Parliamentary hearings for the new College of Commissioners are expected to commence on the week beginning Monday September 29, 2014.
What in the world do polar bears and elephants have to do with renewable energy? Lots with a creative use of geothermal energy at the Oregon Zoo where an underground heating-cooling system will improve energy efficiency. Polar bears like it cool and elephants like it hot and with the help of “Slinky” or a geothermal loop, the two endangered species will keep each other comfy. The innovative high-tech system will be buried 12 feet underground.
“Essentially, this system works the same way as your household refrigerator,” explained Jim Mitchell, zoo construction manager. “The condenser that cools the coils in your refrigerator produces heat, which is expelled away from the coils with a fan. Our system has just added another step: capturing that heat for use elsewhere rather than blowing it all away.”
According to Mitchell, heat is created as a byproduct of cooling the polar bear swimming pools at the zoo. And rather than just expel that heat, the geothermal system will direct it through rows of Slinky-like coiled pipes buried deep in the northern section of Elephant Lands.
The ground maintains a constant temperature, insulating the pipes. Then, when it’s time to crank the thermostat, pumps connected to the system will deliver heat to Forest Hall, the 32,000-square-foot indoor portion of Elephant Lands.
The geothermal loop and other energy-efficient design systems are expected to cut Elephant Lands’ energy requirements in half, reduce greenhouse gas emissions by 40 percent and serve as the primary heat source for what will be one of the country’s largest indoor elephant facilities.
Eventually, other renewable sources of heat will be fed into the geothermal system. While it won’t be readily apparent to visitors, the roof at Forest Hall will feature a huge array of solar panels.
“Gradually, we may eliminate the need for fossil fuels at the majority of buildings and exhibits at the zoo,” Mitchell said.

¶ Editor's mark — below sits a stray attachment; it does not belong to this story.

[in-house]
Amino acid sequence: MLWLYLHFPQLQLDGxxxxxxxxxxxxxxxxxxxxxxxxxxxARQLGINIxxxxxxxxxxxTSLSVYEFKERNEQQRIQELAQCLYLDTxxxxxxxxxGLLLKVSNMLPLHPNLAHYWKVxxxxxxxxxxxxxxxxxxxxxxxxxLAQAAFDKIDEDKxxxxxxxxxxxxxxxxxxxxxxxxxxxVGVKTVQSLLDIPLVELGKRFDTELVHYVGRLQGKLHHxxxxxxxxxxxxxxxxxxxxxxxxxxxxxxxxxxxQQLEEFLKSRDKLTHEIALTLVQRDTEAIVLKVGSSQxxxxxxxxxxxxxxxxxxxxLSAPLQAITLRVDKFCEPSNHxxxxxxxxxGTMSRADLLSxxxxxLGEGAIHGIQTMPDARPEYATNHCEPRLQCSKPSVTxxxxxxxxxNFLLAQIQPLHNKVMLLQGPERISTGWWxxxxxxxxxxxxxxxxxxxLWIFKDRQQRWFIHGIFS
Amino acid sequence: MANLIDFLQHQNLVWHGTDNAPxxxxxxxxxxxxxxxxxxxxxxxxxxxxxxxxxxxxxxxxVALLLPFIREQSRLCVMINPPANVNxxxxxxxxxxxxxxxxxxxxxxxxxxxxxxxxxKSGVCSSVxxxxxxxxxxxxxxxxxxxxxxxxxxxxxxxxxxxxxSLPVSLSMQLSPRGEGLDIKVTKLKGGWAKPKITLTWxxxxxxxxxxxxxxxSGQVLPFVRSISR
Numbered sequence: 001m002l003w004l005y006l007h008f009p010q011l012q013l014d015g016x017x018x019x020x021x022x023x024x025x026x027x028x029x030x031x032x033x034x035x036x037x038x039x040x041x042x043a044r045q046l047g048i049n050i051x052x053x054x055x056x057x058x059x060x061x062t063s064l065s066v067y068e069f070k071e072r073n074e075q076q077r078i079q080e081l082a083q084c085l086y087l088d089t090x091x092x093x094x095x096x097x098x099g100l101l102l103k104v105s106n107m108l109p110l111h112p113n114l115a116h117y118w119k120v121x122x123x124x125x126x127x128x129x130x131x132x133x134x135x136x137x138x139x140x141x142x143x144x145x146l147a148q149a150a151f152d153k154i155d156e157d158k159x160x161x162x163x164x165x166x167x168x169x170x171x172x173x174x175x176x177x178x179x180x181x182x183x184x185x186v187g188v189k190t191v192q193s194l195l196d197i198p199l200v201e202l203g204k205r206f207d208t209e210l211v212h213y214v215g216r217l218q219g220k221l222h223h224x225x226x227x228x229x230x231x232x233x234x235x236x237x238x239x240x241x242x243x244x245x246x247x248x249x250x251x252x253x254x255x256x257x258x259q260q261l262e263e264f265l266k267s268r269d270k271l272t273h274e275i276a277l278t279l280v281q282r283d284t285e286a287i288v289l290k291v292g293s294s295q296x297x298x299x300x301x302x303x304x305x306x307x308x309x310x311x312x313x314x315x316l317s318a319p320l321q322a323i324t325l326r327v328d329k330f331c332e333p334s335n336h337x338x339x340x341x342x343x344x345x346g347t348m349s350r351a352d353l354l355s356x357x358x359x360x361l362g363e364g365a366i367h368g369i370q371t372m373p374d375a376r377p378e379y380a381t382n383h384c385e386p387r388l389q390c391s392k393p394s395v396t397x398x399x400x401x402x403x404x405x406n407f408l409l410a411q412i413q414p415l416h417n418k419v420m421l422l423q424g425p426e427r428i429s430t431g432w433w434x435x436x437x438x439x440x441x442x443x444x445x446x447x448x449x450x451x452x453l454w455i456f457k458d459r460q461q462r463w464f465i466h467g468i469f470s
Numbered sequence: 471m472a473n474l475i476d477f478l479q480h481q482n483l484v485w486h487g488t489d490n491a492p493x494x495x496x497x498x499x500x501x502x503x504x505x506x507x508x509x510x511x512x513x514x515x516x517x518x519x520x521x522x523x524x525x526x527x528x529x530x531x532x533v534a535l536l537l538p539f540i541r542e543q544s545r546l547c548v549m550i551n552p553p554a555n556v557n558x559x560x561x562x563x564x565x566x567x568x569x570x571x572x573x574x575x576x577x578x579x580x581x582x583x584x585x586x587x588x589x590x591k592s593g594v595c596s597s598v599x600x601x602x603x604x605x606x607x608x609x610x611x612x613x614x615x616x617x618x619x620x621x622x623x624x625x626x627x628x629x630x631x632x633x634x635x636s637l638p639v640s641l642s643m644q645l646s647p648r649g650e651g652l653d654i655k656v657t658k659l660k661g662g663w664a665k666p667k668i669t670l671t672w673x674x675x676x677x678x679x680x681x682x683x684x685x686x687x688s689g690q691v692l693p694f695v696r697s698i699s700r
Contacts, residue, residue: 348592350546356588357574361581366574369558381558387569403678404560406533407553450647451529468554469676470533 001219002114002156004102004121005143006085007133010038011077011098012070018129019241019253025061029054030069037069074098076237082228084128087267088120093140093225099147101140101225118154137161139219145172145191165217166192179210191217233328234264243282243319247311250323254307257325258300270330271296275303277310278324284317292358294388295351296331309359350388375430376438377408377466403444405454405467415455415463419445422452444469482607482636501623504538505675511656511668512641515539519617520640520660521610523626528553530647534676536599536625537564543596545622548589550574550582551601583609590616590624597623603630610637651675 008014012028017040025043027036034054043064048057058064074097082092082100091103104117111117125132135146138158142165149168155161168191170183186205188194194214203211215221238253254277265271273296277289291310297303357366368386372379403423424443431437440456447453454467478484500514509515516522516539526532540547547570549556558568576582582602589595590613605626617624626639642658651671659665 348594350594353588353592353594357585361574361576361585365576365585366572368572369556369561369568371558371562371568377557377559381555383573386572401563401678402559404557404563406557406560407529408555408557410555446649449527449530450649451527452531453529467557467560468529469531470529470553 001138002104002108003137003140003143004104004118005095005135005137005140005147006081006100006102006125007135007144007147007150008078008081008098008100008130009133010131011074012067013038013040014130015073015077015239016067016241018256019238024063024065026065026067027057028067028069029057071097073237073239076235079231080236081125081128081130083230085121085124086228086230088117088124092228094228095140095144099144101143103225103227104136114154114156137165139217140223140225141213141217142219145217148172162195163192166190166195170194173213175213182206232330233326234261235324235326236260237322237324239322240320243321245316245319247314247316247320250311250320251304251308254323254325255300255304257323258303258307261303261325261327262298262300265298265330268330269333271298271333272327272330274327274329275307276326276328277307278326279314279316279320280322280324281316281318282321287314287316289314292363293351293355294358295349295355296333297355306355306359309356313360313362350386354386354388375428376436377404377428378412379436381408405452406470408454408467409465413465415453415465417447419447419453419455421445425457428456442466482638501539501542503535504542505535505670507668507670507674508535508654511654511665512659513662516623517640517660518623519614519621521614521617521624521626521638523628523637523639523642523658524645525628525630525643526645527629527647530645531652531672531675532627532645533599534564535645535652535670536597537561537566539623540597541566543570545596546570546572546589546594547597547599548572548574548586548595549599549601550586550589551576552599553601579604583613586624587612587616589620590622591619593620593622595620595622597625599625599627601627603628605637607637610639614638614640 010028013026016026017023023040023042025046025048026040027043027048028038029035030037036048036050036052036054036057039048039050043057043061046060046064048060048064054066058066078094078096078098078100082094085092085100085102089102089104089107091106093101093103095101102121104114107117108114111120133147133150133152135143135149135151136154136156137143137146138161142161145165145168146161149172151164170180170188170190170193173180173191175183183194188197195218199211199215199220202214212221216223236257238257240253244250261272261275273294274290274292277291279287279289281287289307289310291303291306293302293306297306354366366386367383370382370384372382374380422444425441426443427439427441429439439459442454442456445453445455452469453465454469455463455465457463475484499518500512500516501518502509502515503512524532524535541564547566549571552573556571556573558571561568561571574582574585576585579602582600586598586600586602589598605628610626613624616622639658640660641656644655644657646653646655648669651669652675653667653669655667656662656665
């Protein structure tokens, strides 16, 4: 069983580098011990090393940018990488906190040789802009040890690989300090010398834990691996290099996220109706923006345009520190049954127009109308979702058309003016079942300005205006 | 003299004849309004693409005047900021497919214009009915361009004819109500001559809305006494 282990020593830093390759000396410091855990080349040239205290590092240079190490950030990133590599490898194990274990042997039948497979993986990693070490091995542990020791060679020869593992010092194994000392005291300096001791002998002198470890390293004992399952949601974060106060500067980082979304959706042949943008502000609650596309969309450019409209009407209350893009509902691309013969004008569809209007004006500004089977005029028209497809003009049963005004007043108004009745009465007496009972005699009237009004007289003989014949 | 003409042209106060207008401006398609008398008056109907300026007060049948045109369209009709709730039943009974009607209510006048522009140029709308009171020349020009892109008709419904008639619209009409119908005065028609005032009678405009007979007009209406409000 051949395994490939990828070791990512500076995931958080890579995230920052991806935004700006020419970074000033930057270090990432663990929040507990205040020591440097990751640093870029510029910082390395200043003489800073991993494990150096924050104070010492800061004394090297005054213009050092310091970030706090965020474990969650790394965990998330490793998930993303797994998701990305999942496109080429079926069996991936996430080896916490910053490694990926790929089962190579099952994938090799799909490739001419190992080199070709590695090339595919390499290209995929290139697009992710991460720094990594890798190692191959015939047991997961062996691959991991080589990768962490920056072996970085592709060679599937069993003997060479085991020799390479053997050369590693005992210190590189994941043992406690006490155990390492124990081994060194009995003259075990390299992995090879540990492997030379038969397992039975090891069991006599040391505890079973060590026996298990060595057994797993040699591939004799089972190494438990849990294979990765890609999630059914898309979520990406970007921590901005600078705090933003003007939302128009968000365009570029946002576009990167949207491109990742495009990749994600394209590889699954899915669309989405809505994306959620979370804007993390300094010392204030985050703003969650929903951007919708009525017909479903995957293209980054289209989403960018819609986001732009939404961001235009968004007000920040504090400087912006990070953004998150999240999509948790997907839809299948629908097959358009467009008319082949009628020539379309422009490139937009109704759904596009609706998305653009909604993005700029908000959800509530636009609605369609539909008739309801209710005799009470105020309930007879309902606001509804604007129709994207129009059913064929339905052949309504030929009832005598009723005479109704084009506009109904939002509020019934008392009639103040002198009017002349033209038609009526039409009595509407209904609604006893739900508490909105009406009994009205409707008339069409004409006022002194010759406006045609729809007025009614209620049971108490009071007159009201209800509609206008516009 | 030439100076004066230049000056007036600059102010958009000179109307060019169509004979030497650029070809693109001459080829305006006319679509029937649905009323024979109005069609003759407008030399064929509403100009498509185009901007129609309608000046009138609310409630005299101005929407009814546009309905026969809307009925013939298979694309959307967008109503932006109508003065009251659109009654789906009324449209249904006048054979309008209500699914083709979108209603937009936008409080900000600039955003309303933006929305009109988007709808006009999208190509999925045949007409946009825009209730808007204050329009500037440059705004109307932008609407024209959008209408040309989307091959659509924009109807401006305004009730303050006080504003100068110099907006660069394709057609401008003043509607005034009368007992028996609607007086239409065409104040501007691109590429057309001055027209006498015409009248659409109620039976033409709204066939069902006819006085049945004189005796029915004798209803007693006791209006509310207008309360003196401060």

Curator Bob Lee, who oversees the zoo’s elephant program said of the project, “The beauty of this system is in how it gives elephants choice. Most of the time, the elephant family will be able to move freely indoors and out, and we’ll be able to sustainably maintain a comfortable temperature for them.”
Wind turbine energy output is exceeding expectations just six months after installation at the Honda Transmission Mfg of America plant located in Russells Point, Ohio. The two wind turbines have exceeded the projected power output figures by 6.3 percent. The turbines, standing 260 feet tall with 160-foot blades, were initially projected to produce upwards of 10,000 megawatt hours (MWH) of electricity per year, accounting for approximately 10 percent of the plant’s annual power needs. The turbines have outperformed company projections in four of the six months since operation began. At their highest output, the turbines provided 16.26 percent of the plant’s power requirements for the month of April.
“We are extremely pleased with the performance of the wind turbines’ production over their first six months,” said Gary Hand, Vice President of Honda Transmission Mfg. of America. “The turbines’ operation has exceeded the projections established during the project development.”
The wind turbines have also contributed toward reducing the CO2 emissions of power production, helping Honda reach its voluntary goals to reduce the environmental impact of its products and manufacturing operations by 2020. This includes a 30 percent reduction in CO2 emissions from Honda products, and significant CO2 reductions from the company’s plants and other operations, compared with year 2000 levels.
We are pleased to observe the performance of the two on-site wind turbines are achieving results over and above what Honda had anticipated. From the outset, we were confident that the site location selected would allow the GE turbines to produce a significant amount of the facility’s’ energy requirements,” said Tyler Juhl, vice president of operations for Juhl Energy who developed and installed the turbines.
The installation of the turbines makes the plant the first major automotive facility in the United States to receive a substantial amount of its power from on-site wind turbines. The two turbines are owned by ConEdison Solutions.
Michael W. Gibson, vice president of energy services at ConEdison Solutions, added of the wind power achievement, “ConEdison Solutions takes tremendous pride in our commitment to customers, and we are proud to be helping Honda implement its innovative energy program at Russells Point. With this initiative, Honda has set an excellent example for the American manufacturing sector, and we are gratified that they have been pleased with its success.”